There are other conservative reasons for supporting DAPA.  Most of those are biblically related, and I will leave those for another post.  Suffice it to say that DAPA should not have been necessary.  Conservatives in Congress should have argued for a strong enforcement and security based plan that would have also strongly encouraged folks to come out of the shadows.  But the House GOP refused to even consider any immigration reform package, forcing Obama to create DAPA.  Real conservatives would actually create a program that works better for America and for Immigrants, but it appears that there are very few real conservatives in Congress.  And, THAT will cost the GOP and conservatives the next presidential election.  


Popular posts from this blog

If You Are An Immigrant (even a US Citizen), Here Are 9 Things You Should Know

Are you a Naturalized U.S. Citizen, Lawful Permanent Resident, Visa Holder, or an Undocumented Immigrant? We recommend you take the following steps to protect yourself in our current version of America.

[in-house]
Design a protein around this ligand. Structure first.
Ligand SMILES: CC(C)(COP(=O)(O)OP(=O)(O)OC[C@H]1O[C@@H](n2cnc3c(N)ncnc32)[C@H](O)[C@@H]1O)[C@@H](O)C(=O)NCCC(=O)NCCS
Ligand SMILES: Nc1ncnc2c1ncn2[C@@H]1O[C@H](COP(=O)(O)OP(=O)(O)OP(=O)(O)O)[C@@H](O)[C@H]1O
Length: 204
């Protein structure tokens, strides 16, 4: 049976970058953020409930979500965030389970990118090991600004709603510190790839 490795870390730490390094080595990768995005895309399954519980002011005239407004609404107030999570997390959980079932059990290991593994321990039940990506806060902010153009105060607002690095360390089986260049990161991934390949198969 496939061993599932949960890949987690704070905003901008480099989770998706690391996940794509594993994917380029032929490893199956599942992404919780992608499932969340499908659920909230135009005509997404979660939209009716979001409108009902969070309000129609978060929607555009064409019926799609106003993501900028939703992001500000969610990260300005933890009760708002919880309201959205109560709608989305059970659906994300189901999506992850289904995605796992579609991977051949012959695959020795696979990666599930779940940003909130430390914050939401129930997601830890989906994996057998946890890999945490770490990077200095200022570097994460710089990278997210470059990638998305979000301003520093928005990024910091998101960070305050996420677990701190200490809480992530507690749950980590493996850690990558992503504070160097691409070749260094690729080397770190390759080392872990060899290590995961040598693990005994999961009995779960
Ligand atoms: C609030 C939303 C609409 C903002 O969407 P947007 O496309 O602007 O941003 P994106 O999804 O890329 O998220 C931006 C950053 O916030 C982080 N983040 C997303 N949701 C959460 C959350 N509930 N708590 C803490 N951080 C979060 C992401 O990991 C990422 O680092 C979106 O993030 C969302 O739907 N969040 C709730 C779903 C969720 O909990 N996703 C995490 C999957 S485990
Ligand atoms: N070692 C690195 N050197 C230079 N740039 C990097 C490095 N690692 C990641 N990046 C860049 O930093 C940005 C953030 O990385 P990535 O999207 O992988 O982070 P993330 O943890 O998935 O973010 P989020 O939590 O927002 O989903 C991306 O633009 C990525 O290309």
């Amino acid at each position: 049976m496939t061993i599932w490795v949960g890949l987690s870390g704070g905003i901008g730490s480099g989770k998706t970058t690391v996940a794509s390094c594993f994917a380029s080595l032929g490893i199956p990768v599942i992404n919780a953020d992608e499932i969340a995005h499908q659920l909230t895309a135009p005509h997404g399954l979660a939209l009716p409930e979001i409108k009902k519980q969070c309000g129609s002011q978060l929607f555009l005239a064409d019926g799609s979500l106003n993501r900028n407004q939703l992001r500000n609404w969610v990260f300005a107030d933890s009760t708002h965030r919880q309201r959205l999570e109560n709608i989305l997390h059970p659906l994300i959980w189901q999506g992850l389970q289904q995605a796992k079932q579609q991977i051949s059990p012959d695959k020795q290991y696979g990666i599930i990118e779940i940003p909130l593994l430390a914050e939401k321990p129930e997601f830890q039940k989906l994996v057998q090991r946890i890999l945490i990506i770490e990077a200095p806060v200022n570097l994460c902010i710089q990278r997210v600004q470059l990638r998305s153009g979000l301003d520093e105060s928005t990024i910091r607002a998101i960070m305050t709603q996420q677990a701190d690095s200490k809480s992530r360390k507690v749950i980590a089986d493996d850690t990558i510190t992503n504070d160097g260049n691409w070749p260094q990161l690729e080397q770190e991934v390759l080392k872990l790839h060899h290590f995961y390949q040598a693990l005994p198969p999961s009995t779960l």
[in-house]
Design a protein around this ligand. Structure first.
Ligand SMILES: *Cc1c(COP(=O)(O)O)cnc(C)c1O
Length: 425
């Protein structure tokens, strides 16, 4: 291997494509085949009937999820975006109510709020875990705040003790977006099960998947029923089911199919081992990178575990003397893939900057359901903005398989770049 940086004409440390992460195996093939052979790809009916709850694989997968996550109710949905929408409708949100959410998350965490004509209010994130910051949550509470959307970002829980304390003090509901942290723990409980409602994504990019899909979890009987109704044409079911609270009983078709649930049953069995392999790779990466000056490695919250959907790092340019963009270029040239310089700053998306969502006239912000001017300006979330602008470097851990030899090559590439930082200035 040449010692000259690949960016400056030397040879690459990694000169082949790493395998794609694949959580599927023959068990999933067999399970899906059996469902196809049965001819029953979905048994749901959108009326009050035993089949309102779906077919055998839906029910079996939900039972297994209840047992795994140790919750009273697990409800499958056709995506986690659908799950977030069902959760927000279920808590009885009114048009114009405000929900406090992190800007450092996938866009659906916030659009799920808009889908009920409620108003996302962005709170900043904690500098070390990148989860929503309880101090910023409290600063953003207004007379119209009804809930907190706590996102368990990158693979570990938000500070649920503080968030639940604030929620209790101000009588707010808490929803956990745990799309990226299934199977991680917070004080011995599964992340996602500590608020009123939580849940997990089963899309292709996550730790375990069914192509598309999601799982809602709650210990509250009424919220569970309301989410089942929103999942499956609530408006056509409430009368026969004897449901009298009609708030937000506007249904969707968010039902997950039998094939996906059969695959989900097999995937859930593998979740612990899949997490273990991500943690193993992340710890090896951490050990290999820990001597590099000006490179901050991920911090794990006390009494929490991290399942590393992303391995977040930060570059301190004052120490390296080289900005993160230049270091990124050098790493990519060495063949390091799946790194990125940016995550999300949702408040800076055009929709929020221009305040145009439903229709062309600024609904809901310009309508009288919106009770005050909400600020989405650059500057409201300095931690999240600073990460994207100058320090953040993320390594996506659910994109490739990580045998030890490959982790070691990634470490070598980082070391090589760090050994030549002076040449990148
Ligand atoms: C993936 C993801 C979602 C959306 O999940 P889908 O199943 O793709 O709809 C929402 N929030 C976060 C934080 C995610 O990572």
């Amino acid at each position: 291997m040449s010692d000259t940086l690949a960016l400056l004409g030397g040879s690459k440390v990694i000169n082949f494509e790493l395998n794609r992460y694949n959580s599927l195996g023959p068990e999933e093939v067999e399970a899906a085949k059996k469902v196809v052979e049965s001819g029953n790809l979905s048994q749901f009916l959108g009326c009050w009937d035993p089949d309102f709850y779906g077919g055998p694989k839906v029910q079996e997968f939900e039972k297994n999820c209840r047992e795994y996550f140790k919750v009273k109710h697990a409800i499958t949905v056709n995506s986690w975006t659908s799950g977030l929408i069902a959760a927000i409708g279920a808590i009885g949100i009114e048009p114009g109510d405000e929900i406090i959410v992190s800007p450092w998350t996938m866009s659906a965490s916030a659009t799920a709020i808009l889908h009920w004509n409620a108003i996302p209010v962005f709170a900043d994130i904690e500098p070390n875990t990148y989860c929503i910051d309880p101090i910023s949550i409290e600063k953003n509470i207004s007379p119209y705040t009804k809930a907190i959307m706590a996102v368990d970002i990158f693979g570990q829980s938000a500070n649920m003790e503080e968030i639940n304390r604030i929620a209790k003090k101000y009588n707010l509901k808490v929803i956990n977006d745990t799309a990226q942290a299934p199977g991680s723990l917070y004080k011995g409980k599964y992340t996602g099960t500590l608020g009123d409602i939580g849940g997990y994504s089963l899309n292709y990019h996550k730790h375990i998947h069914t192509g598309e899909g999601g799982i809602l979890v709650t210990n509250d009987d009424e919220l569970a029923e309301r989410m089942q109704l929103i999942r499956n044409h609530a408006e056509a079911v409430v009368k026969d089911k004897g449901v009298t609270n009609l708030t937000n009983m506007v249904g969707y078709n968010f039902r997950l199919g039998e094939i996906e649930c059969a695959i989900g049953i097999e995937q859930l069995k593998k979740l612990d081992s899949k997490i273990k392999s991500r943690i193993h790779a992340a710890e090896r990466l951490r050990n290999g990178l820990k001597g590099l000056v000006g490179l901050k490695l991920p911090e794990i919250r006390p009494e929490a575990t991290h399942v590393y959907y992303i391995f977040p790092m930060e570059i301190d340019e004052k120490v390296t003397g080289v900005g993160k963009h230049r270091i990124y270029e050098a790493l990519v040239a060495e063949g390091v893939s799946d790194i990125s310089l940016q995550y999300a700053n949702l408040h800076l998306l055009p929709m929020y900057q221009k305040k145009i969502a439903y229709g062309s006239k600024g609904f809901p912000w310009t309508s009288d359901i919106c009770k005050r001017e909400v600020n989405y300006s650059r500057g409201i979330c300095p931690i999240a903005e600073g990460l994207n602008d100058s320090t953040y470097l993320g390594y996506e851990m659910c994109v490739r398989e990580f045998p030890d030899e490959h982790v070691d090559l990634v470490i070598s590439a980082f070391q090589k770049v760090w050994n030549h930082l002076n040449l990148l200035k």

The last couple of weeks have reminded immigrants, even naturalized U.S. citizens, that they were not born in the United States. Our office has received countless phone calls, emails, and social media messages from people worrying about what their family’s future in the United States holds.
Most people want to know what they can do now to protect themselves from what promises to be a wave of anti-immigration activity by the federal government. Trump's Executive Order on Interior Enforcement has some provisions that should make most Americans shiver.  We recommend the following actions for each of the following groups:
Naturalized U.S. citizens. In particular if you have a foreign accent, and you are traveling within 100 miles of any US Border (including the oceans), we strongly rec…

Why is USCIS Taking So Long to Renew DACA Work Permits?

If the calls to our office are any indicator, there are thousands of DACA recipients whose work permit applications were filed at least three months prior to expiration, who are still waiting for their renewed work permits.  Without renewed permits, these individuals lose the right to work legally, the right to drive, and may once again accrue unlawful presence.